Monday, March 1, 2010

No Dream's Lost

"If you have built castles in the air, your work need not be lost; that is where they should be. Now put the foundations under them."
Henry David Thoreau


  1. Surprising.

    Really a very surprising, realistic trust into realism.

    One has to assemble various parts floating in one's memory... trustfully aware that they represent perceptions of reality. Especially who has a good memory shall be trustful and confident.

    And then one takes the thing and puts it on its feet.

    Thank you for this lesson, I owe you a favour!

  2. “Your work need not be lost”

    What work, why should it be lost? The building of castles in the air is a wonderful human activity, one of our greatest pleasures on earth. No production costs, no waste of time, nothing but enjoyment and music in the air – if it is a real castle in the air and not like a communist five-year-plan. Real castles in the air don´t need foundations. They look better without. They disappear from time to time to give space for another one.

  3. @cs

    "Real castles in the air don´t need foundations"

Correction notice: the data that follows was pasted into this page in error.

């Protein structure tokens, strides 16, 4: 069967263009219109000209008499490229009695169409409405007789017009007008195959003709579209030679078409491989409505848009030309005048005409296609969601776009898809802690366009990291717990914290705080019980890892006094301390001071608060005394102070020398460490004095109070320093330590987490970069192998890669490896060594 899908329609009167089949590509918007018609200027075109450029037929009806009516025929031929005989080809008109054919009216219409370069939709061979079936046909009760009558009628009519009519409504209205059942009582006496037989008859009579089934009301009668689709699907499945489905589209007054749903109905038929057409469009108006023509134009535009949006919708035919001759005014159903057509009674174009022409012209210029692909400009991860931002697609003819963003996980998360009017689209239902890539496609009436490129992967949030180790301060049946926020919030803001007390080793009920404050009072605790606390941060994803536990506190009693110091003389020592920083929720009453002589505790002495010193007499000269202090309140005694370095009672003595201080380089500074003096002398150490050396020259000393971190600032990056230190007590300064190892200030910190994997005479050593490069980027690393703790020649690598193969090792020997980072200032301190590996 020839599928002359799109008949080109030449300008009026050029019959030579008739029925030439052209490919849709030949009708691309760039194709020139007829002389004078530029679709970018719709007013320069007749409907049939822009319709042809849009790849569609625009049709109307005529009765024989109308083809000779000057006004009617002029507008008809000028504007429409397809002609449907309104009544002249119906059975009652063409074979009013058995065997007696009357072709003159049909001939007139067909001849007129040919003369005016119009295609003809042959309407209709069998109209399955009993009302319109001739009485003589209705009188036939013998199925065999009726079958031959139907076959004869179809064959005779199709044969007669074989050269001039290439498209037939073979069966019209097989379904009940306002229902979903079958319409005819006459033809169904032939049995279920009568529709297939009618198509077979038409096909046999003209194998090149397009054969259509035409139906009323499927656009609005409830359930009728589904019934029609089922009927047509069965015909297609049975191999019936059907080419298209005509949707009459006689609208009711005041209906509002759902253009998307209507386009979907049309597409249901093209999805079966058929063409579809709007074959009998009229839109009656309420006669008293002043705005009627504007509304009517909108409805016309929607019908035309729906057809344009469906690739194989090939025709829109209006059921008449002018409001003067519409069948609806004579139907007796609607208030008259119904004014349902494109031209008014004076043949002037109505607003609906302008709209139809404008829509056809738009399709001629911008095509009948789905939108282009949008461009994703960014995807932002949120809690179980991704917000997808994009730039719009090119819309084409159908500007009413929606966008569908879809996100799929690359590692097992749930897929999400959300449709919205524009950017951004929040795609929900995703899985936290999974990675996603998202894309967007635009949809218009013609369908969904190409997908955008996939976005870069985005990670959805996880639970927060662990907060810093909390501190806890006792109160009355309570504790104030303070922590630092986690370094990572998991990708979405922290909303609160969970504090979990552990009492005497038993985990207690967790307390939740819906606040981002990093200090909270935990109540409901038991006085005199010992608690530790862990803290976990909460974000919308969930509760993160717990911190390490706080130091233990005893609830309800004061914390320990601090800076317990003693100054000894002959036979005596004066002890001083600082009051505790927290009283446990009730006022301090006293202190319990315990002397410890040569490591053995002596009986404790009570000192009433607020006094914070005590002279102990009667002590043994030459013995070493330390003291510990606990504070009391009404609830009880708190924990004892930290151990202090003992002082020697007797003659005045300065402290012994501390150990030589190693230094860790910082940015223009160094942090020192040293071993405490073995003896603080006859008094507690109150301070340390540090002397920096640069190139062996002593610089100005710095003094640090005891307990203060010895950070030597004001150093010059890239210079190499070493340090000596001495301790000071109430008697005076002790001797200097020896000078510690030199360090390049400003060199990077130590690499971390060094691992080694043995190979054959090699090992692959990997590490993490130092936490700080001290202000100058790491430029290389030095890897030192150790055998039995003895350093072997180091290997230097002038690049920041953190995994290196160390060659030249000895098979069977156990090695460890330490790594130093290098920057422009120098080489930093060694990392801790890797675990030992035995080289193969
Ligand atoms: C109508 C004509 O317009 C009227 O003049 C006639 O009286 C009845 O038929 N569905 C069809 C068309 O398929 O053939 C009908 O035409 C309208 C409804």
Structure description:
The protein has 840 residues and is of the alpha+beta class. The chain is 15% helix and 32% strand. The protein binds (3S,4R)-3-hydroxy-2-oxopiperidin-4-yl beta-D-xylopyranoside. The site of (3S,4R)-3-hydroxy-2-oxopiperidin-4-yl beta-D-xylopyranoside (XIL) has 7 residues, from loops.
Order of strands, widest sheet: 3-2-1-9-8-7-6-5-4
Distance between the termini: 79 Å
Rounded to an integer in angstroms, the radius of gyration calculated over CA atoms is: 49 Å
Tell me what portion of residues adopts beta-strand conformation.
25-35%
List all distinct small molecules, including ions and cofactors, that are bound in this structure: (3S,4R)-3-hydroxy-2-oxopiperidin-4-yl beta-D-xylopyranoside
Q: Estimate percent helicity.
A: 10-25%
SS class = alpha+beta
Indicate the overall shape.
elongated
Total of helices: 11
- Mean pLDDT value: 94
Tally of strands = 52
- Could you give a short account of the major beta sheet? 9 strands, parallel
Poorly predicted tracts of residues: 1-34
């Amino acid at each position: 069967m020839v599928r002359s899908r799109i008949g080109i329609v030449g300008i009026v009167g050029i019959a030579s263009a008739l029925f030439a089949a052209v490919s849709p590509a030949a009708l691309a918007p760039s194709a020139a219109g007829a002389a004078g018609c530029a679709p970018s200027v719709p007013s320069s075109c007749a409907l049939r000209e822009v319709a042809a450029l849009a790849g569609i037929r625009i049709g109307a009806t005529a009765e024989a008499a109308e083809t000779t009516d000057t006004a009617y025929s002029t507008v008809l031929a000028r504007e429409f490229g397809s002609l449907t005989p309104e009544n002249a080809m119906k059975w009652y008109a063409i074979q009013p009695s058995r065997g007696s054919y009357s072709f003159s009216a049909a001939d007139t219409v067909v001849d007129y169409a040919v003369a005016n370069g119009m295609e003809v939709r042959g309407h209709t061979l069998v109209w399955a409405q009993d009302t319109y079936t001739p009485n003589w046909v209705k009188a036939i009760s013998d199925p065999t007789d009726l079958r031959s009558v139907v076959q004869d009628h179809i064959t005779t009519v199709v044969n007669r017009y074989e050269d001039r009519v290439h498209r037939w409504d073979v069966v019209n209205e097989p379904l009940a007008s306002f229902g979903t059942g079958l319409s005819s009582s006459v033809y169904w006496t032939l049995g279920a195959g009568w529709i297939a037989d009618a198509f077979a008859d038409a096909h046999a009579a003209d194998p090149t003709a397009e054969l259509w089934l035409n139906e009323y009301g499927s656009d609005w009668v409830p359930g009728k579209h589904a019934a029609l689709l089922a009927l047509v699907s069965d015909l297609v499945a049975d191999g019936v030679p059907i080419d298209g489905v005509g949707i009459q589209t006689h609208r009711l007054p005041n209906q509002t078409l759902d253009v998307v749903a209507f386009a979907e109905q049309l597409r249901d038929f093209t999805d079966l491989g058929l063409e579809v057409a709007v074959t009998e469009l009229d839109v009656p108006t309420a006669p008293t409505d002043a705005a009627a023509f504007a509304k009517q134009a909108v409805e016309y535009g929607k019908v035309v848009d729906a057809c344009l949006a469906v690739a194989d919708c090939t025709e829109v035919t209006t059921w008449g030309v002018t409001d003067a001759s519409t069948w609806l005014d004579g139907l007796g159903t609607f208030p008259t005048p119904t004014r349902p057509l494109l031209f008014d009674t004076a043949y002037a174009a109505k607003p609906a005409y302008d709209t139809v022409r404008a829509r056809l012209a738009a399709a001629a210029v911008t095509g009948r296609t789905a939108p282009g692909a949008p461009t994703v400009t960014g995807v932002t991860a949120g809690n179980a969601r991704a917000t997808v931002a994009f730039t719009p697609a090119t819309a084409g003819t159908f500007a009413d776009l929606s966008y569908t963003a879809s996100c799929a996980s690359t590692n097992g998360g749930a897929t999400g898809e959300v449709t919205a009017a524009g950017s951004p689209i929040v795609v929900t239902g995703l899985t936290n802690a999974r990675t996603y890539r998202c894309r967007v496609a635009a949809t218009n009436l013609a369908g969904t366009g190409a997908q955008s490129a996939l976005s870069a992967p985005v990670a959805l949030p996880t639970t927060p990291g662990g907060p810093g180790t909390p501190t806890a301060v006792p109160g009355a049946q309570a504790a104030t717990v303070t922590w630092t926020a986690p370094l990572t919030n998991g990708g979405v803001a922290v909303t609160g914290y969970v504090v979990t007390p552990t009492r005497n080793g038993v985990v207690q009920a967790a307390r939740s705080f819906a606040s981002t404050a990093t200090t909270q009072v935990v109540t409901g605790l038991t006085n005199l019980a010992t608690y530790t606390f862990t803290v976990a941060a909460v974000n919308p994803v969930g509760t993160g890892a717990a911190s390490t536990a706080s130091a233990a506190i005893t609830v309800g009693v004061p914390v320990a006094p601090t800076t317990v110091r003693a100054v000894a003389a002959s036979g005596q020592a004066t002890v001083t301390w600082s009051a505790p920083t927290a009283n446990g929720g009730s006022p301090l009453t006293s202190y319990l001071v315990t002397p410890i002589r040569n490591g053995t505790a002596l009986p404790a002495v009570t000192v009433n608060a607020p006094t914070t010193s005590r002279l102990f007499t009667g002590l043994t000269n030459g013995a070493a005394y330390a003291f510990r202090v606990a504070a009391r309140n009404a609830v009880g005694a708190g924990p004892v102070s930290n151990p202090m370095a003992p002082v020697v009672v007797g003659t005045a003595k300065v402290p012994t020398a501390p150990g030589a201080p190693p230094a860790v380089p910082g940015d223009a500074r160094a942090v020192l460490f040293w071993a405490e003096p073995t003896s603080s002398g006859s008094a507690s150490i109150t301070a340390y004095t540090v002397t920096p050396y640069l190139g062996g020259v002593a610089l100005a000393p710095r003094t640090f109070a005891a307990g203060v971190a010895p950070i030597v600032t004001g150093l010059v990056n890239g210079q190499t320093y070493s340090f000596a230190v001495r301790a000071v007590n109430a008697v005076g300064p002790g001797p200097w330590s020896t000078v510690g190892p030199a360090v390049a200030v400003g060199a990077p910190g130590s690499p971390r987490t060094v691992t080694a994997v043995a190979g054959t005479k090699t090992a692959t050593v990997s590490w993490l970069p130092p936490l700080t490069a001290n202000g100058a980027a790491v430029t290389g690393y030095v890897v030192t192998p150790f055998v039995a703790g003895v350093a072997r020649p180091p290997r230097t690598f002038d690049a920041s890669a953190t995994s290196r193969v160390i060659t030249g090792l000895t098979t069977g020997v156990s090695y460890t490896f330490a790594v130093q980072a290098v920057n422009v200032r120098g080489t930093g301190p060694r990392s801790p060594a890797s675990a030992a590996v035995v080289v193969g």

Grandissimo. You are a great example of the little kingship Saint Exupery had in mind. But HDT and MK are only incouraging Joseph whom his brothers want to throw into a well and then sell to strangers on travel going far away


    Dear Michael Kunze, the only favour I can do for you, is to recommend you to read Alessandro Manzoni's "The Betrothed". I don't know the english editions, but Kroeber's translation- "Die Brautleute" - is outstanding, really wonderful.

    I even prefer to read this book in german (as I prefer to read Nietzsche in italian).

  4. @Joseph

    I understand HDT´s encouragement of sceptic artists and other do-gooders. But what´s about Joseph? As far as I understand Thomas Mann, Joseph never was in need of encouragement to build foundations. It was always somebody else (or God himself) who took the initiative. It began with the strangers who handed the ladder…….

  5. @cs

    Maybe because Thomas was a Ruben himself! Poor Ruben, he didn't have an easy position. The book of Genesis is worth reading and rereading. And Erri De Luca's essays on the bible sometimes are not bad. For example his essay on Ruben and on Jacob are great.

    I don't know Tom's book on Joseph. I know only the story in Genesis (which was my favourite one of all the wonderful stories our religion teacher told us when I was a child) and I know the wonderful movy of Spielberg's Dreamworks Animation "King of dreams".

    The original Joseph went even to prison (and this must be a horrible experience; when it is not Festungshaft), but he lived in a time when great dreamers got great respect and even the help of god.

    Today great dreamers might need your help, my help and MK's and HDT's incouragement.